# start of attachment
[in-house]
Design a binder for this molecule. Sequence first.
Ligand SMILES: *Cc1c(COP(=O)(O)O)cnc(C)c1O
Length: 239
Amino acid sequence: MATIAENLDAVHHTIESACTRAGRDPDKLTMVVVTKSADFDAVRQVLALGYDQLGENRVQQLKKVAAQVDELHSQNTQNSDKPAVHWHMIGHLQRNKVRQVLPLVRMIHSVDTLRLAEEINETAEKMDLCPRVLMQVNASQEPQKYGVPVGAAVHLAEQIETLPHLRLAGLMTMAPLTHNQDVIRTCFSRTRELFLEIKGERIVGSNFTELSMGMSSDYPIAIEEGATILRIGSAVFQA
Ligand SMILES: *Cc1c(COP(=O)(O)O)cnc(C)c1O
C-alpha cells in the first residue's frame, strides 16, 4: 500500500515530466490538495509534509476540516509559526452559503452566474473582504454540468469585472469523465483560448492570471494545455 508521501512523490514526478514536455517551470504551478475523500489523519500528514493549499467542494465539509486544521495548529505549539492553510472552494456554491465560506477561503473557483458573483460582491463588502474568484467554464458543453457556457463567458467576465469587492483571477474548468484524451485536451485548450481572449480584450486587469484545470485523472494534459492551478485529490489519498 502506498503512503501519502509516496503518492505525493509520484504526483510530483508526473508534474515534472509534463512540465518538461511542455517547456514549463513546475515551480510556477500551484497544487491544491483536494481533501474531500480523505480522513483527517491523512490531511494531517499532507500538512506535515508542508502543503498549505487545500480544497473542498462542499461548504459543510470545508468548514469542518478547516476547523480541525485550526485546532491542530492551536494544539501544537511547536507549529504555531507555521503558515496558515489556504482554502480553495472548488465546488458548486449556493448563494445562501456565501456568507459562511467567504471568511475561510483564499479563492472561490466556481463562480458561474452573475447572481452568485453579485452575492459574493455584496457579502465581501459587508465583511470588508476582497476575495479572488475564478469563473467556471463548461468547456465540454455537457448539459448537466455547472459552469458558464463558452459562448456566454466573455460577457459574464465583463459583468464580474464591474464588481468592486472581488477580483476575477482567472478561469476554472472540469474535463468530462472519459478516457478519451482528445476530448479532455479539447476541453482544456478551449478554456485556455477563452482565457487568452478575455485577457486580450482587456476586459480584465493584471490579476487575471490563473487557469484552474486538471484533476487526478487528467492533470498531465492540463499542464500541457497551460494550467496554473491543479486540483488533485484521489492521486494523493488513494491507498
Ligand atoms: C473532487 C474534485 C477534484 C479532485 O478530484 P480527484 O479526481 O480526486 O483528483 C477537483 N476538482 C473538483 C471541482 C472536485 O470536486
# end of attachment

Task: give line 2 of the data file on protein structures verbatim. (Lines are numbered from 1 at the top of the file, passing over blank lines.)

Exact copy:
Design a binder for this molecule. Sequence first.